In a typical scenario, analyzing data in RAW is a two-step process:
First, we need to ensure that RAW can retrieve data from the source system. This requires adding any necessary access credentials to RAW. This step is only required once, and only for source systems that require credentials.
Once credentials are registered, you can write queries, views, or packages in RAW, which actually perform the desired data analysis.
In this scenario, the source systems continue to be the primary repositories of data; RAW fetches data from these systems as needed and maybe create transient caches for performance reasons. It is expected that the source systems continue to be available and host the data.
RAW provides language constructs in the RQL query language to refer to each source system directly, and to specify how “fresh” data should be. For instance:
READ("dropbox://data.json", cache := "interval 5 minutes")
The query above reads a JSON file from Dropbox. This data will typically be cached in RAW, since reading from Dropbox is an expensive operation. Once the data is cached in RAW, its cache is valid for 5 minutes: if the same source is referenced within a 5-minute interval, it will usually be served from RAW’s cache (unless other queries forced this cache to be evicted). A query after the 5-minute period will force RAW to retrieve a “fresher” version of data from Dropbox.
In other scenarios - where source systems host data on an ephemeral basis for instance, like streaming sources - it is possible to ingest data directly into RAW. This is done using tables. RAW owns and hosts the data on a table in a permanent basis. Once data is inserted into a table, you can similarly write queries/views/packages to perform the desired analysis simply by referencing the table by name.
RAW reads data from the source system as required by each data analysis. Some data sources are secure and their data can only be read by authorized users or machines. Therefore, for these secure data sources, it is first necessary to add their credentials in RAW. For data sources that are not secured or otherwise publicly available, no access credentials are required.
Adding access credentials is illustrated in the usage guide for the various RAW clients.
Once access credentials - if necessary - are setup, it is time to analyze data.
In RAW, users analyze data using queries. Queries allow uses to choose, filter, join, aggregate or otherwise transform data. In RAW, queries read data directly from the original data sources.
Queries that need to executed often can be given a name, and then re-run by name. This is called a view.
RAW has support for “virtual” and “materialized” views, similar to classical database systems.
Virtual views are simply a way to refer to a query by name. However, in RAW, due to caching, “virtual views” may end up being cached by RAW, as part of its caching system. Cached virtual views have similar performance characteristics to materialized views, except that RAW may create and remove the caches transparently to the user.
Materialized views have the additional property that the query results will be made persist on disk, so that future accesses are faster. However, in RAW, due to features as “data freshness”, materialized views may require the materialization to occur during query execution. This can happen if the materialized view has never been used before, or if the last materialization is “too old” for the freshness required by the query.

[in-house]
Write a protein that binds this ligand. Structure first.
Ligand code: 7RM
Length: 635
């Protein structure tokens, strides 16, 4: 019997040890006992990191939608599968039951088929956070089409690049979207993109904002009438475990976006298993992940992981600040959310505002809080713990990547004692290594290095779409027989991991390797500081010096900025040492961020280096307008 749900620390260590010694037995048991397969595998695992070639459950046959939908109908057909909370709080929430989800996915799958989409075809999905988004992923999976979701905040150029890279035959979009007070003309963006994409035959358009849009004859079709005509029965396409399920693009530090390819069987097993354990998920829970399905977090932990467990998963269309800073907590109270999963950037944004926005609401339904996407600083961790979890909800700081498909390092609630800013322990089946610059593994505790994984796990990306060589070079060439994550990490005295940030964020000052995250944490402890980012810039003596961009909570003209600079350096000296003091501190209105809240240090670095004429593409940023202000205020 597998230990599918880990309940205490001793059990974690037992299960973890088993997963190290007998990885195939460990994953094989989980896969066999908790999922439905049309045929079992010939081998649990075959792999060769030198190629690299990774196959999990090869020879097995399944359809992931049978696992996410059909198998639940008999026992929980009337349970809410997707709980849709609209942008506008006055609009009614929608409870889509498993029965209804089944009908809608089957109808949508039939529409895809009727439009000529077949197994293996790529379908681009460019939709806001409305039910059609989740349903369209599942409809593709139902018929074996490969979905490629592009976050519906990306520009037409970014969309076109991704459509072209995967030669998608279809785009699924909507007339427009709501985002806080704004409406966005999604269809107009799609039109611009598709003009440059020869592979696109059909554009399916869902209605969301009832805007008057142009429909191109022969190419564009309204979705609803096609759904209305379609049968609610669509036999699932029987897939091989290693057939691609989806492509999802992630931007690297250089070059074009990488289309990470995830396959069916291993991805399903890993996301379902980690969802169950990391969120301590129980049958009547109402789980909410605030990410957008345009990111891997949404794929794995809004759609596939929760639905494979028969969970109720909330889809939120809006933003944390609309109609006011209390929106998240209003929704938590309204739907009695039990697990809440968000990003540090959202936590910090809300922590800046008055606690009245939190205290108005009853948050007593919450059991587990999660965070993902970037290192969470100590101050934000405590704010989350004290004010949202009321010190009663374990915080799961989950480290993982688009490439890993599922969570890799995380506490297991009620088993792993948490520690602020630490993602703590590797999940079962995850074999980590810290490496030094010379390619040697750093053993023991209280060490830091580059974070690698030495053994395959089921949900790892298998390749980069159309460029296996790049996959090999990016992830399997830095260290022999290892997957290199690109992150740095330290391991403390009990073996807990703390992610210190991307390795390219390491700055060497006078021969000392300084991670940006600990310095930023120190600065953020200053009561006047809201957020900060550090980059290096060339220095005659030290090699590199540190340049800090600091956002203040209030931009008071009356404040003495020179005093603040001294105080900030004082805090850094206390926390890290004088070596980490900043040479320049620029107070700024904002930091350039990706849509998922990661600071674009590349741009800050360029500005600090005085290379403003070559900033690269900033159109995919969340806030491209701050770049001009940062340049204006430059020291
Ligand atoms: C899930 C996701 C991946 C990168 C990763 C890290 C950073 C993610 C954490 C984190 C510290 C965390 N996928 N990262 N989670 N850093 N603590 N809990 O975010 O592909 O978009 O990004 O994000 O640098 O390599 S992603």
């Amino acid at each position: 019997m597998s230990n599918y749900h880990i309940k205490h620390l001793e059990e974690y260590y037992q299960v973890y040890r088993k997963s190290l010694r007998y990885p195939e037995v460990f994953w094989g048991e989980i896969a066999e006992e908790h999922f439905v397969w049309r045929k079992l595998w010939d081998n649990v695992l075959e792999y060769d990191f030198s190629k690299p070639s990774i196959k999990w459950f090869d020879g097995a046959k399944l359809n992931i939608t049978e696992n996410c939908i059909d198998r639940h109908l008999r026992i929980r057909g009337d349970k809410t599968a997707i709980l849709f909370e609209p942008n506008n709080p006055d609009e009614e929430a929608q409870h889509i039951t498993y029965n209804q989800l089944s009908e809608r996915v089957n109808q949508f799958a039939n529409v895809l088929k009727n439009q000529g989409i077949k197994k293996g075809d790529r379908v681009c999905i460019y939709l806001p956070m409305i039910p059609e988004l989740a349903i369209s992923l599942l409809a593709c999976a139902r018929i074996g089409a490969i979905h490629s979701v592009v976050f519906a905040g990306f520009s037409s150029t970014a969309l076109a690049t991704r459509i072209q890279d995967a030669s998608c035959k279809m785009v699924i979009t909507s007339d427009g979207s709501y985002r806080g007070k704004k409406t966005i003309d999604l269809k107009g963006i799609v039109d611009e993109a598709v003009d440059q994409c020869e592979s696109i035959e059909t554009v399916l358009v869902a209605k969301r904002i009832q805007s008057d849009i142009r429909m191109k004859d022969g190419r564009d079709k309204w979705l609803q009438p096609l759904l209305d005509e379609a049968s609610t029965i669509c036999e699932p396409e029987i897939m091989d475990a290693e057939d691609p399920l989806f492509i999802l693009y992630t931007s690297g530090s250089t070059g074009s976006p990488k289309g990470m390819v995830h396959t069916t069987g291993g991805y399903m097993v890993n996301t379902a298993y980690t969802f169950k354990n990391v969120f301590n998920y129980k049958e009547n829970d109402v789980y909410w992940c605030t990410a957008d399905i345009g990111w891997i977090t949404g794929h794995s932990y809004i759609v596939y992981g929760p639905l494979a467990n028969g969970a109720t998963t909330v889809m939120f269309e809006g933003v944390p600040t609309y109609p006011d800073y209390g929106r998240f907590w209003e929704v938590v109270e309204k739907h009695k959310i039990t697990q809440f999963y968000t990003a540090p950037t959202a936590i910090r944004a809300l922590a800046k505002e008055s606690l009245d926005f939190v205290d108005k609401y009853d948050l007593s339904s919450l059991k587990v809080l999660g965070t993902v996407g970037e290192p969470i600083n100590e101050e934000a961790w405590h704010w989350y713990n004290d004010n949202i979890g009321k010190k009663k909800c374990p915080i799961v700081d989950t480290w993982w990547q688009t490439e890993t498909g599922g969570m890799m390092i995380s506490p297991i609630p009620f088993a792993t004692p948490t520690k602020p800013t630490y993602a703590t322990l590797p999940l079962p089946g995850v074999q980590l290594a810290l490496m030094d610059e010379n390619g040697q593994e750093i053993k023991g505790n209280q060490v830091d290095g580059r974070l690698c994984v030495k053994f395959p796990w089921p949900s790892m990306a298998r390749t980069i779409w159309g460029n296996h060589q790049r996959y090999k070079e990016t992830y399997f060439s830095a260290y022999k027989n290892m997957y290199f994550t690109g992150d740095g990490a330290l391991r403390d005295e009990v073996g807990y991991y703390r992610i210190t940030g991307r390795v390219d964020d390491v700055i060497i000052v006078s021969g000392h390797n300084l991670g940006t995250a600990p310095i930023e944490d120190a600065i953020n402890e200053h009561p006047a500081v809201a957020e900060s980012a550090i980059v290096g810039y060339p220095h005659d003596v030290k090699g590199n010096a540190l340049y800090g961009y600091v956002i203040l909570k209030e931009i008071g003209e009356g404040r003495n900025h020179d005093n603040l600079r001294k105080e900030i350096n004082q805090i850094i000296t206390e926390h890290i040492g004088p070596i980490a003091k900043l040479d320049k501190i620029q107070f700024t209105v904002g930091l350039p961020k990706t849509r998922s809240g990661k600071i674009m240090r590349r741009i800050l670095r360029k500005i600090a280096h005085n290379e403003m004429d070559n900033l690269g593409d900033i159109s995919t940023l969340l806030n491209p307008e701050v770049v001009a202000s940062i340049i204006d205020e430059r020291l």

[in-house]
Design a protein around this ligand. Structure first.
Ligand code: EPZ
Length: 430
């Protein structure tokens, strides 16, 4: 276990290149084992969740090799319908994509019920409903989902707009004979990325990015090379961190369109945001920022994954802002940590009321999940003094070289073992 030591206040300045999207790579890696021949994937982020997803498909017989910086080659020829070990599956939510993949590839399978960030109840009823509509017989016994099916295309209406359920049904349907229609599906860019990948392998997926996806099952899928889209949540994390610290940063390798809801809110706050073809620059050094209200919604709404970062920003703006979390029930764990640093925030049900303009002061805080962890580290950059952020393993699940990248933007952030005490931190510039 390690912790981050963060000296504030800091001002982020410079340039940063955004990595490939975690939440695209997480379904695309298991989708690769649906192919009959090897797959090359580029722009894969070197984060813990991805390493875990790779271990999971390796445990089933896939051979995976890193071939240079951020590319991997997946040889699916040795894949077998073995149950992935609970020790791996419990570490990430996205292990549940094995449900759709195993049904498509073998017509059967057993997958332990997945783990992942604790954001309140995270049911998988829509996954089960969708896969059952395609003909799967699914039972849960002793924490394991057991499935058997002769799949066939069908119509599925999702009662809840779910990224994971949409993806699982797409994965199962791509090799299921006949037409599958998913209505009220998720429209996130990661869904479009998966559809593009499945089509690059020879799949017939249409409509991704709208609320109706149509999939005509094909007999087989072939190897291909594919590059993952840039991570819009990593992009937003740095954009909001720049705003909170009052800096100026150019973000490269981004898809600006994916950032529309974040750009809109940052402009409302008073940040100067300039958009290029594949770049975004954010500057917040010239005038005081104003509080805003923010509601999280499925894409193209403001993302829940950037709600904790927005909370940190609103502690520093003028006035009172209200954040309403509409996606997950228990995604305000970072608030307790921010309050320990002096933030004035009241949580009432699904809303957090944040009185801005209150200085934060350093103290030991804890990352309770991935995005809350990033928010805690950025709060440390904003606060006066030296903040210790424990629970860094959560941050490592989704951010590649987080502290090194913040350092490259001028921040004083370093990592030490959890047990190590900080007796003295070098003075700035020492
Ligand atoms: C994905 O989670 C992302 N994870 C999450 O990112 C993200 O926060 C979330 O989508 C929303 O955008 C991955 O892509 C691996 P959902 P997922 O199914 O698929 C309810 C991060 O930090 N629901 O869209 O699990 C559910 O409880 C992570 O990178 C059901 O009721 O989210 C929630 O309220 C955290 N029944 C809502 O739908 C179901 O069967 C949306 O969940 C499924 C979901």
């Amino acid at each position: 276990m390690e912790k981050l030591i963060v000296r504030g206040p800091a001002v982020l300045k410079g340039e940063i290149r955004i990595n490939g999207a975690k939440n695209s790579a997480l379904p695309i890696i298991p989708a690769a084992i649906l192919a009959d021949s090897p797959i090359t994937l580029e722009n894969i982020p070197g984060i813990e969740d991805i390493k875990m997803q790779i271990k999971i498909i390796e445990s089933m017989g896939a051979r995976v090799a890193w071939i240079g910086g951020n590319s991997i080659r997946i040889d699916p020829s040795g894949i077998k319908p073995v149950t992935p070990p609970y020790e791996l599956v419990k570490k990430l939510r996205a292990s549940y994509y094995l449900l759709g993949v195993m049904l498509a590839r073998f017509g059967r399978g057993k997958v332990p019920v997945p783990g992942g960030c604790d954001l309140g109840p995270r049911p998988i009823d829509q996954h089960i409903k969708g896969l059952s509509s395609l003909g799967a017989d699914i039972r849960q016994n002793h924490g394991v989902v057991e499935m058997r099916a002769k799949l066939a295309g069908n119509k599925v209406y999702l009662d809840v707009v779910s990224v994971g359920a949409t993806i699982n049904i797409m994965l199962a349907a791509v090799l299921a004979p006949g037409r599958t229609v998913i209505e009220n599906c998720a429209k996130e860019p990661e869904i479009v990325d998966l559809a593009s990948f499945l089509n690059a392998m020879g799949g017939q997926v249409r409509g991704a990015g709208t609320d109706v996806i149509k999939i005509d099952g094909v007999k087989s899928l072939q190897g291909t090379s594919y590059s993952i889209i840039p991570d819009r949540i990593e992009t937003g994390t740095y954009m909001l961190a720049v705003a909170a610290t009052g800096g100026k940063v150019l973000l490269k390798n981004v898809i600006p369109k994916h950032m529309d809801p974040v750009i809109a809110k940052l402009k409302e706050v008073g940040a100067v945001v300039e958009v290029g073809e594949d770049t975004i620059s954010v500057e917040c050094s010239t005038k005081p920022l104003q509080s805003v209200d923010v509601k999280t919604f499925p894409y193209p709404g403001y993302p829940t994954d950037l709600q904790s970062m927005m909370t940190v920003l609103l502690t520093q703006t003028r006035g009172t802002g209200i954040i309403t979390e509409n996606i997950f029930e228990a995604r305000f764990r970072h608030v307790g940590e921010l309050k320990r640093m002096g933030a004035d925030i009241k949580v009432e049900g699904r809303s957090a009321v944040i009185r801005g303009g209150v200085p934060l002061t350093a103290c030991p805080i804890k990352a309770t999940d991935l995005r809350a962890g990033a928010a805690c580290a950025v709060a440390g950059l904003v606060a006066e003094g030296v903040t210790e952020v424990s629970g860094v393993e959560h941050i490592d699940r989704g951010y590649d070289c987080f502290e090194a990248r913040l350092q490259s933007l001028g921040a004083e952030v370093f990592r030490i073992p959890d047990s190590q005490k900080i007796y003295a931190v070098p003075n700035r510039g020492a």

Refer to Views for additional information.
Oftentimes it is convenient to create sets of queries that relate to a given concept. This is called a package.
A package, which has no direct equivalent in classical database systems, consists of a set of queries that are grouped together. For instance, all queries regarding departments - whether to obtain list of departments, average salary by department, employees of a department, etc - can be packaged into a package called “departments”.
Refer to Packages for additional information.
Tables store collections of data in RAW on a permanent basis. RAW owns and hosts this data. It is not “cached” but rather stored permanently, or until it is deleted by the user.
Operations on RAW tables use an optimistic concurrency model.
In addition, it is possible to create indexes in tables, for performance-sensitive operations.
Refer to Tables for additional information.
In RAW, each query specifies the desired output format. That is, a query can produce a CSV file, or JSON document, or some other output format from the same output data.
This is exposed to the user by a HTTP(S) REST call which allows the user to specify the requested output type; the response to the REST call is a HTTP stream whose body contains the data in the requested format.
In practice, this means it is easy to integrate RAW with other systems. For instance, let’s assume you want to build a search service. You use RAW to prepare data, performing all the data “extraction”, transformation and preparation in RAW scripts. You then produce a view in RAW with the desired code. Then, to ingest this data into e.g. Solr, you ask RAW to execute the view with an output as HJSON, which can be directly consumed by Solr.